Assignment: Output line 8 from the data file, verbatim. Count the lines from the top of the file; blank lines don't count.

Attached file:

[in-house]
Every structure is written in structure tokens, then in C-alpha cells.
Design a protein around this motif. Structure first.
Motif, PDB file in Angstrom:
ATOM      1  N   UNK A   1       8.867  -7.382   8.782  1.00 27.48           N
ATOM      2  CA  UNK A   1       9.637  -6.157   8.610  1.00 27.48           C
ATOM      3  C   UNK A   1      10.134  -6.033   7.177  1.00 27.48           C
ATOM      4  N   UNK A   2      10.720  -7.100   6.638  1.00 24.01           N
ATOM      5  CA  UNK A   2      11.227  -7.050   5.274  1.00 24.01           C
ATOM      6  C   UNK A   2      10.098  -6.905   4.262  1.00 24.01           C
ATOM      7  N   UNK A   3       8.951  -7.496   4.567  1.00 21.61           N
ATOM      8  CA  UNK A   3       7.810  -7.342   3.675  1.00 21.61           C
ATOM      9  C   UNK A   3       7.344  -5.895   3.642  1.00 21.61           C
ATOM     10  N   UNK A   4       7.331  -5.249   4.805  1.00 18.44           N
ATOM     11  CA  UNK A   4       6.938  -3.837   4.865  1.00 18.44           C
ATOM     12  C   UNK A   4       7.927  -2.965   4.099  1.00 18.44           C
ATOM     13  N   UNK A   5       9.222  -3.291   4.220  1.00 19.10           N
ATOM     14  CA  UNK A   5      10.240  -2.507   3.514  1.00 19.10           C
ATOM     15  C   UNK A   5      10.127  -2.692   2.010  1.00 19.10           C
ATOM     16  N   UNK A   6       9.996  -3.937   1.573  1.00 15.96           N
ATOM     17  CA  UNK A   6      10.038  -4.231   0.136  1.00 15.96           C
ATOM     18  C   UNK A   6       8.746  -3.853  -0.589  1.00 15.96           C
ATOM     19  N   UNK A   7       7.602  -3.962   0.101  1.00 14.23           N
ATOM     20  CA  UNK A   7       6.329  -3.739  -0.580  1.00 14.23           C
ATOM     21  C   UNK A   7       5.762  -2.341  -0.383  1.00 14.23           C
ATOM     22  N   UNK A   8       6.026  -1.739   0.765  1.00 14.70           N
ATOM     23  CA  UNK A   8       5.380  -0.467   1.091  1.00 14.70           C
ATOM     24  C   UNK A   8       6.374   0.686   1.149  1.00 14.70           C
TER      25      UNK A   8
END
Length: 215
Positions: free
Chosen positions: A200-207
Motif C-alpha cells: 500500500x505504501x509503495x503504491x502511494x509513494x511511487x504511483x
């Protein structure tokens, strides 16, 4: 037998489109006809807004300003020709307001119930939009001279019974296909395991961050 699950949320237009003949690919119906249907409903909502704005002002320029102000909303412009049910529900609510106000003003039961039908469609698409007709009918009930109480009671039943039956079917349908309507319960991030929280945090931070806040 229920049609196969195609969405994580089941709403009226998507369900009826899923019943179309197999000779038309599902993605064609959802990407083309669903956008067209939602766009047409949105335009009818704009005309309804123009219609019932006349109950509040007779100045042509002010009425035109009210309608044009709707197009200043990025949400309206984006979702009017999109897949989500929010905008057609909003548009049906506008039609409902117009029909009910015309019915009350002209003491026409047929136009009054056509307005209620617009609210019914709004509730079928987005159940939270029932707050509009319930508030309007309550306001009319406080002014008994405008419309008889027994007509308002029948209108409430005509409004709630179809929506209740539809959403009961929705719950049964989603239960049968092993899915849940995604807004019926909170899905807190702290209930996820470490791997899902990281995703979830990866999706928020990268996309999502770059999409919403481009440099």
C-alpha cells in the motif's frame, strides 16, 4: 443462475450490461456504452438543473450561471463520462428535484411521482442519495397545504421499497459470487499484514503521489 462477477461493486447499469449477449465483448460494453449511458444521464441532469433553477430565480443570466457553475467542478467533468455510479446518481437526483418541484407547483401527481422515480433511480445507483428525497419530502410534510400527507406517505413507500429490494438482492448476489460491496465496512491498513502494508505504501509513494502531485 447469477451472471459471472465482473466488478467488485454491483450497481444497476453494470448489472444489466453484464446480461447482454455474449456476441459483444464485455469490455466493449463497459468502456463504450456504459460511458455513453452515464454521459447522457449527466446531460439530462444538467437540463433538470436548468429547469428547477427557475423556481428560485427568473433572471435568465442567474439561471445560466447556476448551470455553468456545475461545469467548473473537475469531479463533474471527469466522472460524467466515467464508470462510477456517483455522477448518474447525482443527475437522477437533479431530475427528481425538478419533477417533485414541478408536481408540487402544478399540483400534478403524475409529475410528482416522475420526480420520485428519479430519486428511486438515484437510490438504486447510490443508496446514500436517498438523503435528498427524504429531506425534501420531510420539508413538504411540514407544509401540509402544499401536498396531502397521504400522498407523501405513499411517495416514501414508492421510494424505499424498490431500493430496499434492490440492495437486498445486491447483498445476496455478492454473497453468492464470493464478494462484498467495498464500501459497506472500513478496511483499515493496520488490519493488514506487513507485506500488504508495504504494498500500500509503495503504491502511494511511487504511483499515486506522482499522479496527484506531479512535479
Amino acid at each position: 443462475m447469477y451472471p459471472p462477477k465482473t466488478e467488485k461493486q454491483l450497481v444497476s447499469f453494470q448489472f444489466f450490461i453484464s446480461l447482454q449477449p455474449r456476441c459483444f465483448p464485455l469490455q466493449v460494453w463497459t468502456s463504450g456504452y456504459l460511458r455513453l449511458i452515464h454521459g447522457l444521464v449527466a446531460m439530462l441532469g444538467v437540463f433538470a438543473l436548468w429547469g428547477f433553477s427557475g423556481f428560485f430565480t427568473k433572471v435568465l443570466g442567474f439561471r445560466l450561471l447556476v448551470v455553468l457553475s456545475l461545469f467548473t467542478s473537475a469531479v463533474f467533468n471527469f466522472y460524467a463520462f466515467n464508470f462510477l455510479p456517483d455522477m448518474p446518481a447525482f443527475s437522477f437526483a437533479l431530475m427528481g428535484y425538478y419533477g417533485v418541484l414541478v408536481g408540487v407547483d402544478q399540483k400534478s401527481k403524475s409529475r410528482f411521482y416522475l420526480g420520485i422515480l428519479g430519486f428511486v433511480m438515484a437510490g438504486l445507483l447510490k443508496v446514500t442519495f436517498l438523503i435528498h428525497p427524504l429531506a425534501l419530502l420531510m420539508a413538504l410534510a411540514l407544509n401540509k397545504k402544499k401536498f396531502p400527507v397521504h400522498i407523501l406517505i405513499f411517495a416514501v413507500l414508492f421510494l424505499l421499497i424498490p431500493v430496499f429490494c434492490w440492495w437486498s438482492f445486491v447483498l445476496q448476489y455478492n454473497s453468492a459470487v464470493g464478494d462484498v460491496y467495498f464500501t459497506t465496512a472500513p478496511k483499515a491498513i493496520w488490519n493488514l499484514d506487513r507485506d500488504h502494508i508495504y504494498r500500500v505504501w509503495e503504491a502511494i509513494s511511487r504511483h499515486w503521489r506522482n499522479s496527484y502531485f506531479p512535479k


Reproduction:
ATOM      4  N   UNK A   2      10.720  -7.100   6.638  1.00 24.01           N